Facebook over IPv6

Gert Doering gert at space.net
Sat Jun 11 21:18:34 CEST 2011


On Sat, Jun 11, 2011 at 11:36:37AM -0700, Ted Mittelstaedt wrote:
> If THEY want ME to do something to HELP THEM, then they need to
> have requirements that make sense TO ME.

They don't want that.  

They are offering Google-over-IPv6 to you, because *you* might want that.  

> The point isn't how easy it may be to comply.  The point is that
> Google has no legal or moral right to do this.

You're completely missing the point.  Google over IPv6 is something
that some people want (like me), and the numbers Google had before
IPv6 day said "if we do this for everbody, too many users will have
problems, wo we don't".

So they are offering this under certain conditions to make sure that
*your* users do not run into problems accessing Google.  (Of course 
that's in their own interest, but still).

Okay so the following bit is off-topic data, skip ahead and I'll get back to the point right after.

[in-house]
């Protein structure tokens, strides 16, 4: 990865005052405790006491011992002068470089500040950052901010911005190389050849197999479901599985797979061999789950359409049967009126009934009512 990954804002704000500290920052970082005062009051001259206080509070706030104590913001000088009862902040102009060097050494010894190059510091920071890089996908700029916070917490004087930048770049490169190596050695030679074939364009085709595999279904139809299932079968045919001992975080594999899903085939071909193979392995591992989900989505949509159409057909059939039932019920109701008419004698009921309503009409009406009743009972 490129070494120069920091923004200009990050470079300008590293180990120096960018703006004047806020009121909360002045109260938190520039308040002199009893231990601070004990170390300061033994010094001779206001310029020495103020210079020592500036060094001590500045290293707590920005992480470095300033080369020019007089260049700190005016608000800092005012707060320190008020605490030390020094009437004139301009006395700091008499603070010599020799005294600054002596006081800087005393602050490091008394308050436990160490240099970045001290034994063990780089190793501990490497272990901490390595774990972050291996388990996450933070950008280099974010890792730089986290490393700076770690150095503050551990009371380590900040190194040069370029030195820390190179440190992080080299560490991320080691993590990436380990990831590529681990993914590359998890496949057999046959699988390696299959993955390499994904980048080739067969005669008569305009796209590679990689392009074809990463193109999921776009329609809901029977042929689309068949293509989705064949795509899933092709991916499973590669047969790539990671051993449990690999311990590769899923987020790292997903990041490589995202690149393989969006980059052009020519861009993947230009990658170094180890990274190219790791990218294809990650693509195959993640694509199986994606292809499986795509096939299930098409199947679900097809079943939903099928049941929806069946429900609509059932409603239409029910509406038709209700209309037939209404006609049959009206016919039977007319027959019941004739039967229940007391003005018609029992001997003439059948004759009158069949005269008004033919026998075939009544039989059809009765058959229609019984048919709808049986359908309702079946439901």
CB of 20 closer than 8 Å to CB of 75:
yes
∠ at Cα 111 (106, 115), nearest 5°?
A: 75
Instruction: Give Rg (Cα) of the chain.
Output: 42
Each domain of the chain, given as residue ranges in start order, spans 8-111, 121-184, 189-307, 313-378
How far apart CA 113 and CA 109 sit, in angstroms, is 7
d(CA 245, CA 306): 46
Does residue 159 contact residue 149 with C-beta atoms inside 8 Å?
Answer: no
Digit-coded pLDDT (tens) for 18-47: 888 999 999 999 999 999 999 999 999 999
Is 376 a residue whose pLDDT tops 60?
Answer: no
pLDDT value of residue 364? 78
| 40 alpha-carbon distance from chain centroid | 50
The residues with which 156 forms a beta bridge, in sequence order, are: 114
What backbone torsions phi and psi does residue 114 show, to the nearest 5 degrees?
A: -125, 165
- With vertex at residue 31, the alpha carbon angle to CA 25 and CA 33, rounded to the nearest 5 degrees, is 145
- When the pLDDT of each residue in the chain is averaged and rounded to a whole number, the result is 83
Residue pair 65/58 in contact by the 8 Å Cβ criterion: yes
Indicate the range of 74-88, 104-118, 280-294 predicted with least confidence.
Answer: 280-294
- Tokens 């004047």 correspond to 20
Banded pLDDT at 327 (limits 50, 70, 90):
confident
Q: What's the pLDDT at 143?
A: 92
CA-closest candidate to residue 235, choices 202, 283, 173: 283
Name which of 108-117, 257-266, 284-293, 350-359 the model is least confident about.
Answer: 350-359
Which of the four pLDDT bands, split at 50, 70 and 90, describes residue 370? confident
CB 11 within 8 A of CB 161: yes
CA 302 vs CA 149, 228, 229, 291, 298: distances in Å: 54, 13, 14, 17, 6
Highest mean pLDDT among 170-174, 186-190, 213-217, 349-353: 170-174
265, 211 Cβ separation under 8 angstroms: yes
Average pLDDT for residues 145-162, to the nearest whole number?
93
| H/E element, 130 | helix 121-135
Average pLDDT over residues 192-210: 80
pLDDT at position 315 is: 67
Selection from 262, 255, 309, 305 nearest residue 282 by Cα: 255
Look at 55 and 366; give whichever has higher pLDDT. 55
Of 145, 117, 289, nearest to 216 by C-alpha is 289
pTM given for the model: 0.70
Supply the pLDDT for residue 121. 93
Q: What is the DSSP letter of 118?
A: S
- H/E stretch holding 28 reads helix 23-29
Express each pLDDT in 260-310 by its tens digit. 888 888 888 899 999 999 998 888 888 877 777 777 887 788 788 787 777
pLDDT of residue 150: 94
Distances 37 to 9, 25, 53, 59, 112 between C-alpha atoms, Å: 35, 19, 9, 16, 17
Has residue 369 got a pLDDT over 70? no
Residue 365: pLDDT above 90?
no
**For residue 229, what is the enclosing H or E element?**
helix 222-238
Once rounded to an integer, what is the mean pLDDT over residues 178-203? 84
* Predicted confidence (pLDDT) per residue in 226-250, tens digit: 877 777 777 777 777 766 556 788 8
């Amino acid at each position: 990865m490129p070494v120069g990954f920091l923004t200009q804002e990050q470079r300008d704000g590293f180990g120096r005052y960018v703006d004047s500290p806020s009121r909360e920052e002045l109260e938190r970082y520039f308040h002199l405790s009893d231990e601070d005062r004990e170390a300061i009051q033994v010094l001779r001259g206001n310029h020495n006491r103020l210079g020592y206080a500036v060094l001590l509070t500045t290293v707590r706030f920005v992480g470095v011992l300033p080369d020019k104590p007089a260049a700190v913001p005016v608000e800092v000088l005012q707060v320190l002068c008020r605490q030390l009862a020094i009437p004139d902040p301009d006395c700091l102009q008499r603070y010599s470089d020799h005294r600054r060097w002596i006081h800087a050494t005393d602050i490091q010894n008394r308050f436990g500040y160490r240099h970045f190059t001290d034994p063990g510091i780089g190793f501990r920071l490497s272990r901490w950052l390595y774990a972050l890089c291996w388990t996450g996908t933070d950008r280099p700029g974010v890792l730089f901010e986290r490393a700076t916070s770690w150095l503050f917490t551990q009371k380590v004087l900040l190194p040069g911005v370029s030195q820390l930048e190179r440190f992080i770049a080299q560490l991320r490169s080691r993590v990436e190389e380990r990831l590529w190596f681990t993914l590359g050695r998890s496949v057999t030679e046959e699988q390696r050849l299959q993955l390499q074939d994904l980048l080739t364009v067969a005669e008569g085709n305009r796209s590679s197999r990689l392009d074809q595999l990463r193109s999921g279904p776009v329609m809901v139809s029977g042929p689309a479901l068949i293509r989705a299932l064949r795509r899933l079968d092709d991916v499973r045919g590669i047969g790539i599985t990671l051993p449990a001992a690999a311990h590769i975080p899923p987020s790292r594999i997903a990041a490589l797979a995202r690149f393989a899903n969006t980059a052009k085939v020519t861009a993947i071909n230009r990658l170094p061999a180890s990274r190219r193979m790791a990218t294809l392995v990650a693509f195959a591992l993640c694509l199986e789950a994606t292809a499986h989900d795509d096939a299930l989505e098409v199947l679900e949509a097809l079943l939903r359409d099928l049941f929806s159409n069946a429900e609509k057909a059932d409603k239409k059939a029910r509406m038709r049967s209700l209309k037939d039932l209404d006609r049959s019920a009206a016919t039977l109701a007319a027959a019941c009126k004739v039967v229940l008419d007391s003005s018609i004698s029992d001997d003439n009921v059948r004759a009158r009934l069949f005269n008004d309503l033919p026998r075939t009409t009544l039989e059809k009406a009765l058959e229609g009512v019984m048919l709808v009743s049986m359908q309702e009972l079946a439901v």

If you don't want that, Google over IPv4 works, and nobody is forcing
you to do anything.

> If they have a published research paper that shows that they actually 
> did the work to survey this, I would say they have a point.

They do.

> If they turn off the whitelist for a week and hell breaks loose and
> they document this then I would say they have a point.

That's what they did at IPv6 day: turn on IPv6 for everbody.  Now I'm
sure they are evaluating the data to see what the consequences could
be - turn it on for everbody, keep whitelisting, do something else.

> But they decided this would be a problem before any research.  Thus
> they have no leg to stand on.

I'm not exactly sure what you did into your coffee this morning, but it
wasn't good for you.  Lorenzo and Erik *did* the research, came to a 
conclusion, and presented that at various conferences - and as a way
*forward* (instead of just not doing IPv6 at all, then) they have started
the whitelisting project.

> Fortunately, most content providers on the Internet are not 
> sophisticated enough or have deep enough pockets to engage in these
> shenanigans.  They will end up doing it the normal way and just
> turning on IPv6.  And if Google continues this whitelisting nonsense
> then eventually I'll just tell people to use Bing.

Like Bing had any IPv6 over the last few years...

Gert Doering
        -- NetMaster
did you enable IPv6 on something today...?

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